35. The device as defined in claim 29, wherein at least one of the polymer collimating lens and the polymer focusing lens is a bi-convex lens.
36. The device as defined in claim 29, wherein at least one of the polymer collimating lens and the polymer focusing lens is a spherical lens.
37. The device as defined in claim 29, wherein at least one of the polymer collimating lens and the polymer focusing lens is an aspherical lens.
38. The device as defined in claim 29, wherein the polymer collimating lens and the polymer focusing lens are formed of a polymer material selected from the group consisting of acrylic, styrene, polycarbonate, copolymers thereof, and other polymer materials that efficiently transmit optical beams in the infrared region of the electromagnetic spectrum.
39. An integrated wavelength division demultiplexing device comprising:
a polymer collimating lens for collimating a multiplexed, polychromatic optical beam;
a boot lens affixed to the polymer collimating lens for transmitting the collimated, multiplexed, polychromatic optical beam from the polymer collimating lens, the boot lens having a planar exit surface; and
a diffraction grating formed at the planar exit surface of the boot lens for separating the collimated, multiplexed, polychromatic optical beam into a plurality of monochromatic optical beams.
40. The device as defined in claim 39, wherein the boot lens is incorporated into the polymer collimating lens such that the polymer collimating lens has the planar exit surface at which the diffraction grating is formed.
41. The device as defined in claim 39, wherein the boot lens is a first boot lens, the device further comprising:
a second boot lens affixed to the polymer collimating lens for transmitting the multiplexed, polychromatic optical beam to the polymer collimating lens.
42. The device as defined in claim 41, wherein the second boot lens has a planar entry surface for accepting the multiplexed, polychromatic optical beam from at least one optical source.
43. The device as defined in claim 39, wherein the polymer collimating lens has a planar entry surface for accepting the multiplexed, polychromatic optical beam from at least one optical source.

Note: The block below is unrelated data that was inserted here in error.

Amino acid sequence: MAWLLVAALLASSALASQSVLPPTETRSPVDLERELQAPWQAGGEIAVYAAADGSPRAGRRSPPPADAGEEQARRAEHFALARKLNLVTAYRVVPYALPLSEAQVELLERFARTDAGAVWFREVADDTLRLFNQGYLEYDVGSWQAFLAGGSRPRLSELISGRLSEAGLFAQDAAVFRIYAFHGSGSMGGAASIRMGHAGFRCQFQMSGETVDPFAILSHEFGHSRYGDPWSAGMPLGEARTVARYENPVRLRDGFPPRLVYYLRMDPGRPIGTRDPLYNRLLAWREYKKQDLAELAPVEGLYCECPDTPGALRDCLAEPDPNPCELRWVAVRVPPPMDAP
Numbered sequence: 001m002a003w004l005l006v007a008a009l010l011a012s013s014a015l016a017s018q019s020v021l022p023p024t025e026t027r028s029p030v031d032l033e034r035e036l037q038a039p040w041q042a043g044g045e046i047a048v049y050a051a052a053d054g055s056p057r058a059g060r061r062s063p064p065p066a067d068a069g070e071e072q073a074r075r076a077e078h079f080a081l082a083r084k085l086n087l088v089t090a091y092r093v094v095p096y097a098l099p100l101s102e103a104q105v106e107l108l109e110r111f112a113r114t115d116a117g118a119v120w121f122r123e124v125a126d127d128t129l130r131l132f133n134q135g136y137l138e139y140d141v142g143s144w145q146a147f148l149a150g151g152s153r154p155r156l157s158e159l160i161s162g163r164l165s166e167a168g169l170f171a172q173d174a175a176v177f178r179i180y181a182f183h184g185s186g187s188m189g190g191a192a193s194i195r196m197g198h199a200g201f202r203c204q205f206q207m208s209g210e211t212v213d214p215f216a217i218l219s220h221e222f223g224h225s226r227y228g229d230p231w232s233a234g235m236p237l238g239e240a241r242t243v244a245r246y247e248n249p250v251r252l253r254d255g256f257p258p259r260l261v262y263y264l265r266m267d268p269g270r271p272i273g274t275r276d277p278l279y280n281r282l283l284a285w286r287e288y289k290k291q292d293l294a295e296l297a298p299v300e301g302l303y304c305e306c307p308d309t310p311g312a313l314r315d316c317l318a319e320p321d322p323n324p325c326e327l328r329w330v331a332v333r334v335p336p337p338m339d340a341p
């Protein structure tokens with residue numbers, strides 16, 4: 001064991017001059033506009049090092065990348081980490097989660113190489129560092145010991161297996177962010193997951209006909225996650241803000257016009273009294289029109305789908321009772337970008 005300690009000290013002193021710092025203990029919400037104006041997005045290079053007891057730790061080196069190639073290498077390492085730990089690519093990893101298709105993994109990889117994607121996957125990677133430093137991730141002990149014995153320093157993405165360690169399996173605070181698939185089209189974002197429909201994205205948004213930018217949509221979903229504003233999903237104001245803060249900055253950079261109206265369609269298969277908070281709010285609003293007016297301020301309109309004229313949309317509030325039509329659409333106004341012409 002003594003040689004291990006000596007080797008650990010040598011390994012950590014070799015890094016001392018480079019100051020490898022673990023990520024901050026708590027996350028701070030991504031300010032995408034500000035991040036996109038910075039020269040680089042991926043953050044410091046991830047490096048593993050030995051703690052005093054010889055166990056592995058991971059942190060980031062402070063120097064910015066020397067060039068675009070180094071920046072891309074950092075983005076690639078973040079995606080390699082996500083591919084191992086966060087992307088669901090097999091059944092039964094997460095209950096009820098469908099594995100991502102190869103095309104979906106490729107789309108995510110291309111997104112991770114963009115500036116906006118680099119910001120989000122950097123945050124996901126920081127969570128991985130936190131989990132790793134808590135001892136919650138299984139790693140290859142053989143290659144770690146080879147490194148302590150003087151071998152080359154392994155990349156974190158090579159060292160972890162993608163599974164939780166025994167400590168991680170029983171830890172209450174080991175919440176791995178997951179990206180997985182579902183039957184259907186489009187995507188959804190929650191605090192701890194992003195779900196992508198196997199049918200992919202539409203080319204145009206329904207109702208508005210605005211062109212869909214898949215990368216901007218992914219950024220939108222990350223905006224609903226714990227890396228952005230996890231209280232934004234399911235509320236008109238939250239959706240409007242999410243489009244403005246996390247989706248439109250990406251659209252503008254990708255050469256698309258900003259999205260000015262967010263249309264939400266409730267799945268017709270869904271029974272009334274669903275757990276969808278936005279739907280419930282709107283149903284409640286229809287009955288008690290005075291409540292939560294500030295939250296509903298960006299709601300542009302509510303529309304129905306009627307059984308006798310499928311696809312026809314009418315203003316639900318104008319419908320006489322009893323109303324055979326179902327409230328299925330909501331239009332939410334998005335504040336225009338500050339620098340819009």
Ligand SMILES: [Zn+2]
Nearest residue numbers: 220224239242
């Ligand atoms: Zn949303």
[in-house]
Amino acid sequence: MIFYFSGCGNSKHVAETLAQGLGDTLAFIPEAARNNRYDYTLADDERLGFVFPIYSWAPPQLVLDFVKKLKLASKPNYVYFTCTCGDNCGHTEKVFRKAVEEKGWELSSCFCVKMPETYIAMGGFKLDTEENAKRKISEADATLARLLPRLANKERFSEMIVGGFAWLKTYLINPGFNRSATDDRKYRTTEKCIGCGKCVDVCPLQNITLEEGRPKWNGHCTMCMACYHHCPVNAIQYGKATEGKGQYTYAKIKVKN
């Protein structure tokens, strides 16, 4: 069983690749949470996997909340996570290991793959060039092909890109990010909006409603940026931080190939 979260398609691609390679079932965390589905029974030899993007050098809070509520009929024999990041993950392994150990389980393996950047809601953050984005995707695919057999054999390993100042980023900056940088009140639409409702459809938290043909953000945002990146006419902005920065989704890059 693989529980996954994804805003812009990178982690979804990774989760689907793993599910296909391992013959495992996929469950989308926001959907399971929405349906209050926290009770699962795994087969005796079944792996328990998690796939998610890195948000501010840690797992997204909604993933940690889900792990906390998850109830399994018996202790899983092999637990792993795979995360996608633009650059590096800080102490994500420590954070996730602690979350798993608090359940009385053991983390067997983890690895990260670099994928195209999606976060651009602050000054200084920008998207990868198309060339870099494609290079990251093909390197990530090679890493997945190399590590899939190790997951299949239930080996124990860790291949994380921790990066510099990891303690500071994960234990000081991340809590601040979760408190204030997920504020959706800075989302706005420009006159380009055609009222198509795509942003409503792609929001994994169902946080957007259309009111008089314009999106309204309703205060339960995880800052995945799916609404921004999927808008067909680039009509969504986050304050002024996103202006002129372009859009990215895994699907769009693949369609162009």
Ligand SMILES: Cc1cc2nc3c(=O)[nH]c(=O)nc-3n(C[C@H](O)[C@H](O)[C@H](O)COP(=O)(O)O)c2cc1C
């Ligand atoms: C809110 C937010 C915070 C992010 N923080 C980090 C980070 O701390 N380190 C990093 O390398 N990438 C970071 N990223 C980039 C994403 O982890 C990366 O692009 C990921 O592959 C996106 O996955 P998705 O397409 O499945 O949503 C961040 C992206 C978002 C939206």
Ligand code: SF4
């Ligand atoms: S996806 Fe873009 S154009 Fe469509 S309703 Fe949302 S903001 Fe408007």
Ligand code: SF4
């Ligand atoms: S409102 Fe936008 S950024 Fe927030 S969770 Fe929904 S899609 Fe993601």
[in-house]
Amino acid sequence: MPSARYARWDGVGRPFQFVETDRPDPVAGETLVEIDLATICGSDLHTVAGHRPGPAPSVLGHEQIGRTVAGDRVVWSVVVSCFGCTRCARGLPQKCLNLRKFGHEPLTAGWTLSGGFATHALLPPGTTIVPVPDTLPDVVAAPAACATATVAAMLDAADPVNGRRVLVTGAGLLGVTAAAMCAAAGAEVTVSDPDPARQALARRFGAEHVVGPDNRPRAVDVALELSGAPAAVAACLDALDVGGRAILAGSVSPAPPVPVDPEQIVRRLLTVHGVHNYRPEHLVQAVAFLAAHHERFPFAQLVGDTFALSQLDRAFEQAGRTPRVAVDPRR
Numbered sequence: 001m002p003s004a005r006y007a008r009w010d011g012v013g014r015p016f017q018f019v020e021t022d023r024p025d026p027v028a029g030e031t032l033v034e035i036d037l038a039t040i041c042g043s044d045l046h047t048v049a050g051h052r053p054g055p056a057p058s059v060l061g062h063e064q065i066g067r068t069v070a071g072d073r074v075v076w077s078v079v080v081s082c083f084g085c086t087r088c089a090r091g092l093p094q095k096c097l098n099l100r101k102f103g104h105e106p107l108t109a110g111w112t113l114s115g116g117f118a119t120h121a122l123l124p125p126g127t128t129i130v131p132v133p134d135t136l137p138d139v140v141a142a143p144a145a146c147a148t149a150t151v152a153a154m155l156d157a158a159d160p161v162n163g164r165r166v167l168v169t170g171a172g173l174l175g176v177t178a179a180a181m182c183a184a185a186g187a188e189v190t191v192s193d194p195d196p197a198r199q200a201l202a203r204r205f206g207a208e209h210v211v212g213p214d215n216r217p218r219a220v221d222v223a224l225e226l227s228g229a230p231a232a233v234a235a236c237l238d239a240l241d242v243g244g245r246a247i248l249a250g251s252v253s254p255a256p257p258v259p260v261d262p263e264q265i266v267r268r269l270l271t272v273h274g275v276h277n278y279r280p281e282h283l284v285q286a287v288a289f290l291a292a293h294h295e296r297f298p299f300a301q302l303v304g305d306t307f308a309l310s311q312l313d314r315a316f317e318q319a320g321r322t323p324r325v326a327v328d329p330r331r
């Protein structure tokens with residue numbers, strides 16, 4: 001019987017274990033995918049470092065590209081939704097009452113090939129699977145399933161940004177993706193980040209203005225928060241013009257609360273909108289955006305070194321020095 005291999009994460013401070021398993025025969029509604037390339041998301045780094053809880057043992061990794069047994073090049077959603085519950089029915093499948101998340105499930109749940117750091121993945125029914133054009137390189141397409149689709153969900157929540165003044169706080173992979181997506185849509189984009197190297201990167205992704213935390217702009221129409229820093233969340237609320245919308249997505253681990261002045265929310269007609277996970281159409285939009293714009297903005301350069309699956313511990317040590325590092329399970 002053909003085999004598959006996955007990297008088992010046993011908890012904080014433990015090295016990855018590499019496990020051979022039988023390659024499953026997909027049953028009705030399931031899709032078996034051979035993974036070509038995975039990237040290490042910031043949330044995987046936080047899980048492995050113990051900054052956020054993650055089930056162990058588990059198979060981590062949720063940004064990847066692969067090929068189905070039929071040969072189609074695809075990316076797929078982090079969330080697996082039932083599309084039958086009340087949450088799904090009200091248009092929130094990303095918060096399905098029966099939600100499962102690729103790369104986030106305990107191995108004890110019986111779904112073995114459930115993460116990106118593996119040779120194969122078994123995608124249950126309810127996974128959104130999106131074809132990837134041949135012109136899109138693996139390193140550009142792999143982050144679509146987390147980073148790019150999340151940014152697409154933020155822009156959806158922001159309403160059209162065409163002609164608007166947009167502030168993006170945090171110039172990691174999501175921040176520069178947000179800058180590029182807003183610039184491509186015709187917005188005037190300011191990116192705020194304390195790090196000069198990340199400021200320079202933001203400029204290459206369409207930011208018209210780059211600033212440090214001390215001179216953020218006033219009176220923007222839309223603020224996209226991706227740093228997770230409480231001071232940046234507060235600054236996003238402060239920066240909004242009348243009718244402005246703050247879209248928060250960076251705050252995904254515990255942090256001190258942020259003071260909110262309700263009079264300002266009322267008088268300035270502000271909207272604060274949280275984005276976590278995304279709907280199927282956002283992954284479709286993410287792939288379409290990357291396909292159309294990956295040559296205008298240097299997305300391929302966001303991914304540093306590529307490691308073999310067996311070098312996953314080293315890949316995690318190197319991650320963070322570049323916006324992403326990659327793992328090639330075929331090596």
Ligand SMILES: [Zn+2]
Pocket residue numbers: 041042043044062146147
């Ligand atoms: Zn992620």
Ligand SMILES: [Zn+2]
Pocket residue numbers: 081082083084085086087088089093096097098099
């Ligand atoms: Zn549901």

44. The device as defined in claim 39, wherein the diffraction grating is a transmissive diffraction grating.
45. The device as defined in claim 44, further comprising:
a transmissive element associated with the transmissive diffraction grating, the transmissive element having at least one reflective surface for reflecting the plurality of monochromatic optical beams.
46. The device as defined in claim 45, wherein the boot lens is a first boot lens, the device further comprising:
a second boot lens affixed to the transmissive element for transmitting the plurality of monochromatic optical beams from the transmissive element; and
a polymer focusing lens affixed to the second boot lens for focusing the plurality of monochromatic optical beams.
47. The device as defined in claim 46, wherein the boot lens is incorporated into the polymer focusing lens such that the polymer focusing lens is affixed to the transmissive element.
48. The device as defined in claim 46, further comprising:
a third boot lens affixed to the polymer focusing lens for transmitting the plurality of focused, monochromatic optical beams from the polymer focusing lens.
49. The device as defined in claim 48, wherein the third boot lens has a planar exit surface for outputting the plurality of focused, monochromatic optical beams to at least one optical receiver.
50. The device as defined in claim 46, wherein the polymer focusing lens has a planar exit surface for outputting the plurality of focused, monochromatic optical beams to at least one optical receiver.
51. An integrated wavelength division demultiplexing device comprising:
a polymer focusing lens for focusing a plurality of monochromatic optical beams;
a boot lens affixed to the polymer focusing lens for transmitting the plurality of monochromatic optical beams to the polymer focusing lens, the boot lens having a planar entry surface; and
a diffraction grating formed at the planar entry surface of the boot lens for separating a multiplexed, polychromatic optical beam into the plurality of monochromatic optical beams.
52. The device as defined in claim 51, wherein the boot lens is incorporated into the polymer focusing lens such that the polymer focusing lens has the planar entry surface at which the diffraction grating is formed.
53. The device as defined in claim 51, wherein the diffraction grating is a transmissive diffraction grating.
54. The device as defined in claim 53, further comprising: